Things to Have in a Property Management Contract

For a landlord hiring a property manager is no small task, it takes work to find a company or person you trust and are willing to rely on when it comes to your investment and quite possibly yours and your tenant’s well being. To get some added peace of mind add the following elements to your property management contract.

Communication Expectations

Detail what you expect to be notified about and how you expect to receive that notification. It wouldn’t hurt to also specify a timeframe for notifications.


Your state will have some sort of laws regarding the accounting practices of property managers so you should familiarize yourself with the law and the minimums, but you may want to ask for a little more due diligence or information than is traditionally given. You may also want to break down financial obligations and establish procedures for dealing with the tenants and their finances as well.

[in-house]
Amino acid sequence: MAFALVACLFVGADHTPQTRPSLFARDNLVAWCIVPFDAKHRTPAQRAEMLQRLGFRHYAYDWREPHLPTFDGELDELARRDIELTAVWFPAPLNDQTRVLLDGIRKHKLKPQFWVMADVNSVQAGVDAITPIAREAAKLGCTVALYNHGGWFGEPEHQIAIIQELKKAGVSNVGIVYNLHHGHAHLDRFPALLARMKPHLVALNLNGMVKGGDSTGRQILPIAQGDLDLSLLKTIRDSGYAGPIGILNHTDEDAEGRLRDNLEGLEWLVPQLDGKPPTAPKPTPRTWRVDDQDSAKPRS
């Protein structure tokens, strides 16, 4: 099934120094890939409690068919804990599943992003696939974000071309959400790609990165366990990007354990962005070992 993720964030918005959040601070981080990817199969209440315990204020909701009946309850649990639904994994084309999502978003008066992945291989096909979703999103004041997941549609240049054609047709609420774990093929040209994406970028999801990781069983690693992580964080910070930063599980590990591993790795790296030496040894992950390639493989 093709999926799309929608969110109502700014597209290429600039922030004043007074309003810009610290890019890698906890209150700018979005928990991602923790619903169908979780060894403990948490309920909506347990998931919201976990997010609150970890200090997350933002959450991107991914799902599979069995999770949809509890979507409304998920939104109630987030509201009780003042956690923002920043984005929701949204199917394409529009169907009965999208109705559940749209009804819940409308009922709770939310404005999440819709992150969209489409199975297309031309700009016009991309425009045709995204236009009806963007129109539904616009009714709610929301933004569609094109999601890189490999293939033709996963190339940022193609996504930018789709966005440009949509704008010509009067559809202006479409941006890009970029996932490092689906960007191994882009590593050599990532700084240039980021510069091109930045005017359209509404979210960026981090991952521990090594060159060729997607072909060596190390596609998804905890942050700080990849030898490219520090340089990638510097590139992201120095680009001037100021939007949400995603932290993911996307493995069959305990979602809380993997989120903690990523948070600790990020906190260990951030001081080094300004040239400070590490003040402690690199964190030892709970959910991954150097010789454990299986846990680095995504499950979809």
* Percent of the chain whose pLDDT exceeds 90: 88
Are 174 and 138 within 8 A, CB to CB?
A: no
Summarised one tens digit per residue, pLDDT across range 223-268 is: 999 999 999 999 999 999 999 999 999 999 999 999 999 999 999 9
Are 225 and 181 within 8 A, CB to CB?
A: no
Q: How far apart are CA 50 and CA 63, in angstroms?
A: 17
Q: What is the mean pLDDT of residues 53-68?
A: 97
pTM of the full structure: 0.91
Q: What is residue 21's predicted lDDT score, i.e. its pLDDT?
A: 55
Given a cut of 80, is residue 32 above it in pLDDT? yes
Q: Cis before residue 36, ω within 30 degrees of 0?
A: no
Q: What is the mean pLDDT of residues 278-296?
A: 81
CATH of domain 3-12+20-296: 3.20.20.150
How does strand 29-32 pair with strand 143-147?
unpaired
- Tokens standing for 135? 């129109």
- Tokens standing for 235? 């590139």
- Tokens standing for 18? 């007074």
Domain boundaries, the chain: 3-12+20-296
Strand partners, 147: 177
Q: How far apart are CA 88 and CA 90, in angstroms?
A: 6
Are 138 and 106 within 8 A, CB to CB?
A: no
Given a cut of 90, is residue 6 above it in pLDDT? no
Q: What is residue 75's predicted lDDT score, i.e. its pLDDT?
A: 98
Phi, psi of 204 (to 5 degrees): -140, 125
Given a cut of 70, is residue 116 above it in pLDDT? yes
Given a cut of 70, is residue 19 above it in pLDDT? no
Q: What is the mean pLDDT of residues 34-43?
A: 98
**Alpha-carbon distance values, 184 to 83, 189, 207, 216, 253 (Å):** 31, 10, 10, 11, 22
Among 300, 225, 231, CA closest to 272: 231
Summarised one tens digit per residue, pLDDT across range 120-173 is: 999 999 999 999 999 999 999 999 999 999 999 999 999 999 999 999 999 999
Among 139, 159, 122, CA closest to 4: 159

Tenant Responsibilities

Tenant responsibilities will be the primary responsibility of the property manager but you’ll want to specify exactly what those responsibilities are and how they will be processed.


And most importantly for both parties, you’ll want to try to protect yourself if the company does not fulfill your expectations. Trying to get out of a contract is often difficult so you will want to try to work in a clause that lets you terminate the contract if the property manager isn’t working out to your expectations.